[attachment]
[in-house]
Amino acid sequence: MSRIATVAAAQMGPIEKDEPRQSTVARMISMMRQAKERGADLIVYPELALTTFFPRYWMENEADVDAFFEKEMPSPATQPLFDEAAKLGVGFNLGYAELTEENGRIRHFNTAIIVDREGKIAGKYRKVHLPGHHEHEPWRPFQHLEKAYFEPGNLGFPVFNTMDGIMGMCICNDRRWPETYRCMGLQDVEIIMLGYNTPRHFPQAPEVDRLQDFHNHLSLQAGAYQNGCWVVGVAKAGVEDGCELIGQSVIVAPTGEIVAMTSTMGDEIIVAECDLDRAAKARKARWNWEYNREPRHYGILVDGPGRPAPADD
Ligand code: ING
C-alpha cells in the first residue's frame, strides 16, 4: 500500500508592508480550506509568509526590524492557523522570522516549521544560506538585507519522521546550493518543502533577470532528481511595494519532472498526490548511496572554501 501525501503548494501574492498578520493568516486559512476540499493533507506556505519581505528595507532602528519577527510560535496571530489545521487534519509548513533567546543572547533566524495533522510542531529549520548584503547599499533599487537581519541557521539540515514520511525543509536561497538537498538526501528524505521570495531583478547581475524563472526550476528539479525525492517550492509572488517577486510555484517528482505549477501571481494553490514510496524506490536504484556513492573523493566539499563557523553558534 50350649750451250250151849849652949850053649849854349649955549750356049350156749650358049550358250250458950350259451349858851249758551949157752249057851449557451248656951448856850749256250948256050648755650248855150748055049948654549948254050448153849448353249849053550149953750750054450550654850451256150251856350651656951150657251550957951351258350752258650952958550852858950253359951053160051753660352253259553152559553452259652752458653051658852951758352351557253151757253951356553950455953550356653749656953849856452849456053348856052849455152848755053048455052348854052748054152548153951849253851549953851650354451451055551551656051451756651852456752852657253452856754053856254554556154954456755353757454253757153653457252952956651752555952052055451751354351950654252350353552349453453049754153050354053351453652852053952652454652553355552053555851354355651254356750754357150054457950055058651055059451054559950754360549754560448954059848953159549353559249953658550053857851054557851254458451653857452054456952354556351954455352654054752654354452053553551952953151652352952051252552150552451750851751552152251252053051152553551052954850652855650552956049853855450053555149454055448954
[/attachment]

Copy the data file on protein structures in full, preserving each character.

[in-house]
Amino acid sequence: MSRIATVAAAQMGPIEKDEPRQSTVARMISMMRQAKERGADLIVYPELALTTFFPRYWMENEADVDAFFEKEMPSPATQPLFDEAAKLGVGFNLGYAELTEENGRIRHFNTAIIVDREGKIAGKYRKVHLPGHHEHEPWRPFQHLEKAYFEPGNLGFPVFNTMDGIMGMCICNDRRWPETYRCMGLQDVEIIMLGYNTPRHFPQAPEVDRLQDFHNHLSLQAGAYQNGCWVVGVAKAGVEDGCELIGQSVIVAPTGEIVAMTSTMGDEIIVAECDLDRAAKARKARWNWEYNREPRHYGILVDGPGRPAPADD
Ligand code: ING
C-alpha cells in the first residue's frame, strides 16, 4: 500500500508592508480550506509568509526590524492557523522570522516549521544560506538585507519522521546550493518543502533577470532528481511595494519532472498526490548511496572554501 501525501503548494501574492498578520493568516486559512476540499493533507506556505519581505528595507532602528519577527510560535496571530489545521487534519509548513533567546543572547533566524495533522510542531529549520548584503547599499533599487537581519541557521539540515514520511525543509536561497538537498538526501528524505521570495531583478547581475524563472526550476528539479525525492517550492509572488517577486510555484517528482505549477501571481494553490514510496524506490536504484556513492573523493566539499563557523553558534 50350649750451250250151849849652949850053649849854349649955549750356049350156749650358049550358250250458950350259451349858851249758551949157752249057851449557451248656951448856850749256250948256050648755650248855150748055049948654549948254050448153849448353249849053550149953750750054450550654850451256150251856350651656951150657251550957951351258350752258650952958550852858950253359951053160051753660352253259553152559553452259652752458653051658852951758352351557253151757253951356553950455953550356653749656953849856452849456053348856052849455152848755053048455052348854052748054152548153951849253851549953851650354451451055551551656051451756651852456752852657253452856754053856254554556154954456755353757454253757153653457252952956651752555952052055451751354351950654252350353552349453453049754153050354053351453652852053952652454652553355552053555851354355651254356750754357150054457950055058651055059451054559950754360549754560448954059848953159549353559249953658550053857851054557851254458451653857452054456952354556351954455352654054752654354452053553551952953151652352952051252552150552451750851751552152251252053051152553551052954850652855650552956049853855450053555149454055448954